ACTNews, GAZA - The recent surge of Covid-19 cases in Gaza has had quite a severe impact on residents who have been living in a humanitarian conflict. By early September, the number of recorded cases reached more than 37 thousand people with hundreds of people dead.
As a result of the Covid-19 pandemic in Palestine, Gaza has been on lockdown. With the local residents forbidden from going outside and travel, the economy has been severely impacted. In addition, the health facilities in Gaza have also been failing. Because of the pandemic, the activities in the Indonesian Clinic have also been temporarily suspended. Fortunately, the two ambulances donated by the people of Indonesia have continued operating to serve the Gazans in their houses in the midst of the lockdown.
Said Mukaffiy from ACT's Global Humanity Response team, Tuesday (9/15), explained that ACT’s ambulances and medical teams are allowed to operate during the lockdown. The clinic has been temporarily closed so that it would not create a crowd. "During the lockdown, the Indonesian clinic is not allowed to operate. However, the two ambulances and the team of doctors are allowed to provide medical assistance to the people of Gaza in their own houses," he explained.
The Indonesian ambulances and the team of doctors from the Indonesian clinic have been serving the people of Gaza who suffer from various illnesses. Apart from the usual illnesses, many of the patients also suffer from injuries due to Israeli attacks. In fact, throughout the month of August, 40% of the patients came to the clinic to have their injuries treated.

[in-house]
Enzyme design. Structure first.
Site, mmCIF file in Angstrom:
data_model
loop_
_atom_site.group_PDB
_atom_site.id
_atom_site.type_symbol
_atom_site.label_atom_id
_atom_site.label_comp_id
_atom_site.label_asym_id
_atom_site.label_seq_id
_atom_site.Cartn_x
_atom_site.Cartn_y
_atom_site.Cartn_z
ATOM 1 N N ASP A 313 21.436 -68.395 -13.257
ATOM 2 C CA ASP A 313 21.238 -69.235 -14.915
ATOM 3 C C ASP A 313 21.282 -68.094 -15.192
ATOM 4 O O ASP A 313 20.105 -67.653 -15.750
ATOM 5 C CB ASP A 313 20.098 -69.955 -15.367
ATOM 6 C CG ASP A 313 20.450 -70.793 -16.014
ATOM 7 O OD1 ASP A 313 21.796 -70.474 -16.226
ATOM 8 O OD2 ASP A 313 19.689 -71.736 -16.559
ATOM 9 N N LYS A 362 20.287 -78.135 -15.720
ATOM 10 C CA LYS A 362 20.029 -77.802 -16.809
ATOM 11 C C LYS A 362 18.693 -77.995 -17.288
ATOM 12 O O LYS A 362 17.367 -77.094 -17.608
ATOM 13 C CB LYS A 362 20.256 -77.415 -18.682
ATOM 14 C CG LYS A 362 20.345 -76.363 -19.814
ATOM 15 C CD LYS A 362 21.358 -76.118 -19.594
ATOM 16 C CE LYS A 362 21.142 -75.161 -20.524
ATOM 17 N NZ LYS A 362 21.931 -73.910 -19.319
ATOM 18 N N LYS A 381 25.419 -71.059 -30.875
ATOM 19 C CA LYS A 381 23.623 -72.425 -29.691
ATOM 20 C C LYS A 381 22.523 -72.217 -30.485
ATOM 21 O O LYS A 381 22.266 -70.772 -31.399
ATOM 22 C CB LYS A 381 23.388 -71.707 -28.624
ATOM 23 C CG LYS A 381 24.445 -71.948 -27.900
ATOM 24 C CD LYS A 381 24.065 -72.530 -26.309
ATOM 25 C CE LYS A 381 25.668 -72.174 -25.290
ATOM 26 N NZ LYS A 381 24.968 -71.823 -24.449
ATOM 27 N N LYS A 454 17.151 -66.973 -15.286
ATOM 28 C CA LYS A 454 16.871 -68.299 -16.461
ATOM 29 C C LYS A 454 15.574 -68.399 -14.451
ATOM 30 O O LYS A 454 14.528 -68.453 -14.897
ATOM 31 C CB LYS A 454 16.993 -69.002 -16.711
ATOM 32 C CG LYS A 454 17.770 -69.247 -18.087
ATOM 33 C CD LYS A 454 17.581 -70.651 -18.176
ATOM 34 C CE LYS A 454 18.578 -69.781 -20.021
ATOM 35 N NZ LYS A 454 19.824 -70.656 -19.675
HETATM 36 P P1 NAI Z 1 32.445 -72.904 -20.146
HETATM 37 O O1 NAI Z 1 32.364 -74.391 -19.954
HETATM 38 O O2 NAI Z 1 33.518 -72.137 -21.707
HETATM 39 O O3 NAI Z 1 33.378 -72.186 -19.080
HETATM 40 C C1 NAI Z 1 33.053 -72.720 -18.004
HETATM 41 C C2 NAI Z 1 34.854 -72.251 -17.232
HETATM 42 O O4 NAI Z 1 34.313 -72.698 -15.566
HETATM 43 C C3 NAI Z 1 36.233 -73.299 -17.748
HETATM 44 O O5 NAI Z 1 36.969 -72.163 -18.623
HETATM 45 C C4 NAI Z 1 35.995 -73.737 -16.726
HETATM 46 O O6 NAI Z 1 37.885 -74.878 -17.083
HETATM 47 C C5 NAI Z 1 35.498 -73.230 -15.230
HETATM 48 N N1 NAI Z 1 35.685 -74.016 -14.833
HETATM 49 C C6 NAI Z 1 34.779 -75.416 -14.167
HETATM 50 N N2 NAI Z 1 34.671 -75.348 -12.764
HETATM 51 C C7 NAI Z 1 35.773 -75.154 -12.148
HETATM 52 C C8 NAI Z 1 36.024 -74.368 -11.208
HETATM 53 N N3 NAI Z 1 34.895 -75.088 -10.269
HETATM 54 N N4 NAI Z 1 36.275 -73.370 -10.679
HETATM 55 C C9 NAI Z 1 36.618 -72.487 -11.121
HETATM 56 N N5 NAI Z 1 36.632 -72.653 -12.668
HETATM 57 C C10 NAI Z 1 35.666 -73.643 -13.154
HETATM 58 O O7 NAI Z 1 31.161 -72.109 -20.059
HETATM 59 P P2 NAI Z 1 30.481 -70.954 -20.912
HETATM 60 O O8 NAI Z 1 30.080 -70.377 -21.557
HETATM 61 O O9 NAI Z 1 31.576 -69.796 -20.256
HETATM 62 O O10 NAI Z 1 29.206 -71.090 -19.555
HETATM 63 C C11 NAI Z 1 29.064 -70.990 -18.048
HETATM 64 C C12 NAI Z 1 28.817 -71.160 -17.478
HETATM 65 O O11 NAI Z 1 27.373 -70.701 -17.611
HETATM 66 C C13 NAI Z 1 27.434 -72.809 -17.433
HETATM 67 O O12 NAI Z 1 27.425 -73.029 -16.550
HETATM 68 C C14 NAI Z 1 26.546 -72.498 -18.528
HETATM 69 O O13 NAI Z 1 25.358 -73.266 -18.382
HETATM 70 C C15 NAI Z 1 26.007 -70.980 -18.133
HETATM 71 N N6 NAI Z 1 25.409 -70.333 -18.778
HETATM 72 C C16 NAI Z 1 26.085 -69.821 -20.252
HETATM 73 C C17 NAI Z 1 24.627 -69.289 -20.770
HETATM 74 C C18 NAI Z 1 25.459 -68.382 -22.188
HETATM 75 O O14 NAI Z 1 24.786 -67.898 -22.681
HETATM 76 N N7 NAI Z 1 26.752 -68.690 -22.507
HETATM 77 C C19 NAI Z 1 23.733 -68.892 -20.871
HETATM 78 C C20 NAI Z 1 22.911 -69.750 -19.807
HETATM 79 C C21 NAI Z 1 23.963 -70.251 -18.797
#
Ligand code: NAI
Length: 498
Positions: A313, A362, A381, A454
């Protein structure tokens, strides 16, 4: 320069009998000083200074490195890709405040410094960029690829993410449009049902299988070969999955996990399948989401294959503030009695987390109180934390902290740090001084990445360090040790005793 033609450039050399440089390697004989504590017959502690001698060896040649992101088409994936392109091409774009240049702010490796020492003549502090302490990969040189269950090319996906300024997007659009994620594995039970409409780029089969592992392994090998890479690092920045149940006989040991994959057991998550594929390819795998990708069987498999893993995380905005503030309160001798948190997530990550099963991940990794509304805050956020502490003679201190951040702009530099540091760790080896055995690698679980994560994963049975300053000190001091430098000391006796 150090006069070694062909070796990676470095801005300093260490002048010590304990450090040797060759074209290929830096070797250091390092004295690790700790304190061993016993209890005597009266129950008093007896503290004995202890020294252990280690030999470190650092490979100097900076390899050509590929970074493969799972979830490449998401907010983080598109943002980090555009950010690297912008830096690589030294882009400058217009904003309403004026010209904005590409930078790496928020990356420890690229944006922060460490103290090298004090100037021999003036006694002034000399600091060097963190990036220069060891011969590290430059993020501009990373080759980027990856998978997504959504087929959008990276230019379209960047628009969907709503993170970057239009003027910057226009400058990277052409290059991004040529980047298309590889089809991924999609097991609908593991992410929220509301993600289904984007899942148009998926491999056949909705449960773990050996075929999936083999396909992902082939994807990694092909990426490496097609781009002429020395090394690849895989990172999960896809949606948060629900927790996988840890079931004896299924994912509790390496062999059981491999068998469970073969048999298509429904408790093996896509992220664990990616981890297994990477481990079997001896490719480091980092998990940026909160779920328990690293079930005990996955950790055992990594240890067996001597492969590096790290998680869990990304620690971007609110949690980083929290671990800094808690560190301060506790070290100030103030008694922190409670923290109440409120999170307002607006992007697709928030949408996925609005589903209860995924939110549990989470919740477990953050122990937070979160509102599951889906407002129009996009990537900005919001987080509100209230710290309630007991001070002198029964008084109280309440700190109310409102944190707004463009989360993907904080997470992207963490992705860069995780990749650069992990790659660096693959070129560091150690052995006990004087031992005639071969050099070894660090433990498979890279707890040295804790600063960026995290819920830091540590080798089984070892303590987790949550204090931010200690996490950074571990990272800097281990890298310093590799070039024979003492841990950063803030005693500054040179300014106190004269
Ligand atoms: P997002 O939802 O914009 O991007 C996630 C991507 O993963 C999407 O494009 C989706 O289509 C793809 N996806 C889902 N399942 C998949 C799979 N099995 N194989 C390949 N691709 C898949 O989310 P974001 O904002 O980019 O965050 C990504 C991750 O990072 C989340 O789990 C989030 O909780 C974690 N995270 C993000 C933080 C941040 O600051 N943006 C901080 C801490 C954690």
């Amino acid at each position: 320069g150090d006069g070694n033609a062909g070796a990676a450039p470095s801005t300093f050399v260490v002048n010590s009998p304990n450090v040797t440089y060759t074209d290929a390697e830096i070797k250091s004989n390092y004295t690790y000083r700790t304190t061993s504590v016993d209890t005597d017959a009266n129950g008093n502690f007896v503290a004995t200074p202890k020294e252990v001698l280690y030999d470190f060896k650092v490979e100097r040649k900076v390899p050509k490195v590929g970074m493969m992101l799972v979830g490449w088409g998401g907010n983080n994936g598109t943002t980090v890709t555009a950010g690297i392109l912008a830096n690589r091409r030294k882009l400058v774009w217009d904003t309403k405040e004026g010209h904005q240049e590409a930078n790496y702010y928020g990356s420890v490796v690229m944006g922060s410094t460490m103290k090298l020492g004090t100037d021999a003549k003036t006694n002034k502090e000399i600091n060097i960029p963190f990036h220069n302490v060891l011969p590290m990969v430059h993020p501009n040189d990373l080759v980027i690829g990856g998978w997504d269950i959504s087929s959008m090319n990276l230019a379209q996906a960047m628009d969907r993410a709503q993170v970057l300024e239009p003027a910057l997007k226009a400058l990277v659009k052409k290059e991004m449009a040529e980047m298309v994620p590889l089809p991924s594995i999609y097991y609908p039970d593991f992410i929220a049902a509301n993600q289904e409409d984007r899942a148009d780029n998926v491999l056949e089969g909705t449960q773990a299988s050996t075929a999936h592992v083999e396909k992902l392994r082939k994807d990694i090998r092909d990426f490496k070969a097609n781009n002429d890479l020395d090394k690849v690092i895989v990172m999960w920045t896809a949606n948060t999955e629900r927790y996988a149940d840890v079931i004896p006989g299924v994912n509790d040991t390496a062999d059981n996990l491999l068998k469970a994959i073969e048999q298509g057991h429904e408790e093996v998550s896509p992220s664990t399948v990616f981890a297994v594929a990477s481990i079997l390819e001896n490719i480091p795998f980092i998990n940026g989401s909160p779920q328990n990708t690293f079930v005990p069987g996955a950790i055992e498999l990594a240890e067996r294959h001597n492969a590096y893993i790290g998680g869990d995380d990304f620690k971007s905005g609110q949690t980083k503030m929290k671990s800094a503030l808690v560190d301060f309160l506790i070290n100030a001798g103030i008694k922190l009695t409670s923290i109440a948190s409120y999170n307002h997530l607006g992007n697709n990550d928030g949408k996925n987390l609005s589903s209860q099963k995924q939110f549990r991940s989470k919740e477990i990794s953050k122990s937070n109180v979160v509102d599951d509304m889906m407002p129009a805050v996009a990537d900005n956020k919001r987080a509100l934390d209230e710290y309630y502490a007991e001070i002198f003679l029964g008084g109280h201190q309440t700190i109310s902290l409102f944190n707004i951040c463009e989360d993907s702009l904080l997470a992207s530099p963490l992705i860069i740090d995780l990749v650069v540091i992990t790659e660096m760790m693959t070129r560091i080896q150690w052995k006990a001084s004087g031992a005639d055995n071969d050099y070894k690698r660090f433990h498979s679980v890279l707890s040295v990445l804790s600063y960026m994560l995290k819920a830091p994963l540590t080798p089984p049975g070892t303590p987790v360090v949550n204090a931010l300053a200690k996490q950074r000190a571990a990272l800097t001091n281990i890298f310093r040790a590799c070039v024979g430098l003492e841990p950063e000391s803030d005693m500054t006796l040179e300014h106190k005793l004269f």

Israeli strikes ahead of lockdown
In early August, Aljazeera reported, Israel attacked Gaza almost daily. Apart from the attacks, Israel has also tightened the blockade, making it difficult for the local populations in Gaza to obtain basic supplies in the middle of the coronavirus pandemic.
One of the essential items that have been denied entry to Gaza by Israel if she will. This also leads to a severe impact on the health sector in Palestine because hospitals need fuel for electricity. Without sufficient fuel, the hospitals cannot operate and treat patients that are in dire need of medical treatment.
"This is why it is essential for us to continue helping the Palestinians in the midst of the pandemic and the prolonged conflict. We invite generous Indonesian people to continue to assist our brothers and sisters in times of crisis," said Saïd.